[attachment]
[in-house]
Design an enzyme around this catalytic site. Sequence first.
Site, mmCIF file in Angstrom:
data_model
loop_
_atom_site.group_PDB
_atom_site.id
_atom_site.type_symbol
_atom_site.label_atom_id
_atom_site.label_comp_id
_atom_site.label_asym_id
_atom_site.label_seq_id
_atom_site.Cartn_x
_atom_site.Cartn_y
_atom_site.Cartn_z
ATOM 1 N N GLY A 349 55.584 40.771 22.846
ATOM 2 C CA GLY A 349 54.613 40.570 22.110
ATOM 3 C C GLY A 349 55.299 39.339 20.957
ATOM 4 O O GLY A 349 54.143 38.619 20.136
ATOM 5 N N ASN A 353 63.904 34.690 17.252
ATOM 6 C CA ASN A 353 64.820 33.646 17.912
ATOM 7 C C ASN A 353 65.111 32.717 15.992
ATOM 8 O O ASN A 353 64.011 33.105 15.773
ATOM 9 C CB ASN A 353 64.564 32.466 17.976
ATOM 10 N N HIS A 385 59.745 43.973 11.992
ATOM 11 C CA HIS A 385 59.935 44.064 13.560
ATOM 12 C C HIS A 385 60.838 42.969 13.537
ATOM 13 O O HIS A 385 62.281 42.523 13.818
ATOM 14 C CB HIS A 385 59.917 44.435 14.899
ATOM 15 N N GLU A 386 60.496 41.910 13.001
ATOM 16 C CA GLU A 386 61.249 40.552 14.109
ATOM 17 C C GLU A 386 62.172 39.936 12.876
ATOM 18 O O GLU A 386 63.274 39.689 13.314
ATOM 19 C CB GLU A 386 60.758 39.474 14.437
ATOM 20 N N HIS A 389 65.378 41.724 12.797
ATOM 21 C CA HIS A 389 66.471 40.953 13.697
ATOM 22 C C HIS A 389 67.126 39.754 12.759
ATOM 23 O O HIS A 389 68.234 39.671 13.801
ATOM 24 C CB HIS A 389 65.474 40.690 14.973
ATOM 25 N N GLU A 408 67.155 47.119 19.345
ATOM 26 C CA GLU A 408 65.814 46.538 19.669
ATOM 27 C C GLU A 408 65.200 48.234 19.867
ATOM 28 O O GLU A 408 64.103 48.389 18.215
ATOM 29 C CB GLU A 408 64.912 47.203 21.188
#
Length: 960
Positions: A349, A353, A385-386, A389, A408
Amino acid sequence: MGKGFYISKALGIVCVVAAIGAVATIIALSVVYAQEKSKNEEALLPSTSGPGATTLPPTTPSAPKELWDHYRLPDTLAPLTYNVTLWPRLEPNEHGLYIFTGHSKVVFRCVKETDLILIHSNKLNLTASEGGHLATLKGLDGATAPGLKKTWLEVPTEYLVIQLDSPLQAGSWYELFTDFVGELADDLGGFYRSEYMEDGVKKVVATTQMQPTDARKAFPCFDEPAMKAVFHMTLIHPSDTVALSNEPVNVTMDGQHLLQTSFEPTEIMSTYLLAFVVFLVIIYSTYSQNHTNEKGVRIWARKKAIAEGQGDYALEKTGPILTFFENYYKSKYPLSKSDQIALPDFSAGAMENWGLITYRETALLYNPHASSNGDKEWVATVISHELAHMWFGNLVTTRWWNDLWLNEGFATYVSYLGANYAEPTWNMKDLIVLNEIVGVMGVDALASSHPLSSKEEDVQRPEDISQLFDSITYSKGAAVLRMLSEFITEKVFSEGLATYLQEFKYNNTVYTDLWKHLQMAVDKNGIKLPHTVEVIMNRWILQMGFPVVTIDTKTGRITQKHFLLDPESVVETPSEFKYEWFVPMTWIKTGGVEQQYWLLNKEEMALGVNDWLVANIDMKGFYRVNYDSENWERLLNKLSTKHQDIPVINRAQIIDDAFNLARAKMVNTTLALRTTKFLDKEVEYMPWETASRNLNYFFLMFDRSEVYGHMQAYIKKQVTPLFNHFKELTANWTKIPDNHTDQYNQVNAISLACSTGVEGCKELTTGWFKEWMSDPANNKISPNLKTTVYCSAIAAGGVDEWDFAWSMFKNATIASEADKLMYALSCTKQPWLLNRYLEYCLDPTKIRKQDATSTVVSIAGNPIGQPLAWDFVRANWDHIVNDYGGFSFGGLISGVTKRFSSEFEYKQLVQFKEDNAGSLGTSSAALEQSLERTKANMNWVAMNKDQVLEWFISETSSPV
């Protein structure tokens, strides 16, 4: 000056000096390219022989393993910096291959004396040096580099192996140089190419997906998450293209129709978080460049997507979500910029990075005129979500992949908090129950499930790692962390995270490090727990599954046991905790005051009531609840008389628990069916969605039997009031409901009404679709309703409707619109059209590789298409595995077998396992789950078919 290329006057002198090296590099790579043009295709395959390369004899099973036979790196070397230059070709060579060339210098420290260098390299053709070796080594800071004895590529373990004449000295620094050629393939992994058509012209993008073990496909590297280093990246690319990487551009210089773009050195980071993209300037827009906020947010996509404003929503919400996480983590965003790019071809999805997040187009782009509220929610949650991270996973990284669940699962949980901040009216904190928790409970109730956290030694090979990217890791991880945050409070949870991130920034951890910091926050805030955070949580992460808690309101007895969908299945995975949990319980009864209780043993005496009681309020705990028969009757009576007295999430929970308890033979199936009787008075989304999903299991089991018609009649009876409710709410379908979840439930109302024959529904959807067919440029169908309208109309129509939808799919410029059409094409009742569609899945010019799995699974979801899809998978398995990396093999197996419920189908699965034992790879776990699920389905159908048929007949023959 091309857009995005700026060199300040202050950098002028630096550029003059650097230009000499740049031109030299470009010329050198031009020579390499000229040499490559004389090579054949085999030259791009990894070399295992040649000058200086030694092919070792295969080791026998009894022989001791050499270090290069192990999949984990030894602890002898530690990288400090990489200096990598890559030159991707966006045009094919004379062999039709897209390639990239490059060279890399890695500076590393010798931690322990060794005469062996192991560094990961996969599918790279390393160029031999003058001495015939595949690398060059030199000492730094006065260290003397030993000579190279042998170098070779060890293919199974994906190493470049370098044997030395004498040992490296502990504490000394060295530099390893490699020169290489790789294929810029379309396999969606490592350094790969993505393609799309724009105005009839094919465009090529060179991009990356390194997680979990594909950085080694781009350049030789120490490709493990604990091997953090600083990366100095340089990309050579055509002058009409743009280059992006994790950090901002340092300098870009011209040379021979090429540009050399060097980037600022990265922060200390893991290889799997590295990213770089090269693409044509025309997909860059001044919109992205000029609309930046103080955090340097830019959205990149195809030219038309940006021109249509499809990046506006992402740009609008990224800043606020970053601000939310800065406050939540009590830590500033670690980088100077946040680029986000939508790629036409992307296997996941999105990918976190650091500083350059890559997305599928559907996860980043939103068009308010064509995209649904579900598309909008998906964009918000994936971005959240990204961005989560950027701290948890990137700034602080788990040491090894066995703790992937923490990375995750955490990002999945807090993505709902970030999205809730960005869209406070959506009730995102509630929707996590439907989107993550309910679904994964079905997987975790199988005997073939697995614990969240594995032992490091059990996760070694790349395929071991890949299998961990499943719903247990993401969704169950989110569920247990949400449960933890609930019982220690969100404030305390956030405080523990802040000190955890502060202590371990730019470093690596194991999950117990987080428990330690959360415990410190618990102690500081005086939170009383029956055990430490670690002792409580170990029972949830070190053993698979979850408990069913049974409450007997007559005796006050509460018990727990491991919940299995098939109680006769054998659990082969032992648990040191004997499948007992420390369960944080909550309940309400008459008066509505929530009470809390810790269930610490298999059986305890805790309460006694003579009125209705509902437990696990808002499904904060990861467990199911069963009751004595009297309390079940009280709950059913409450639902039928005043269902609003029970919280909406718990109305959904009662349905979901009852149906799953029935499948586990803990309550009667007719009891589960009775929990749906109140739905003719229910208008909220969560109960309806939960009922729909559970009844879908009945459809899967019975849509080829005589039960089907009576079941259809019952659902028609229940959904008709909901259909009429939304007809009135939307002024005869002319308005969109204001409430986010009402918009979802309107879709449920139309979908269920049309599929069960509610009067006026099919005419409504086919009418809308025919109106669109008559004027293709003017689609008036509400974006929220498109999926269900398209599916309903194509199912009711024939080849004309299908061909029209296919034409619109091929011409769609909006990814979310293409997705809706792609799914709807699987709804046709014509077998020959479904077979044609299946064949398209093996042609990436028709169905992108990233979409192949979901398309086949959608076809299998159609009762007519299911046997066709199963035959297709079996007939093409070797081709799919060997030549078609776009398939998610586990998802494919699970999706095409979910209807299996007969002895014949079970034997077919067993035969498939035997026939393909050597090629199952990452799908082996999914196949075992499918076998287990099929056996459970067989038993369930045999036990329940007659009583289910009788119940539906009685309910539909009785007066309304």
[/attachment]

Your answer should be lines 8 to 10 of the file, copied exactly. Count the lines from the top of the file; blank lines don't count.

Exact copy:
_atom_site.type_symbol
_atom_site.label_atom_id
_atom_site.label_comp_id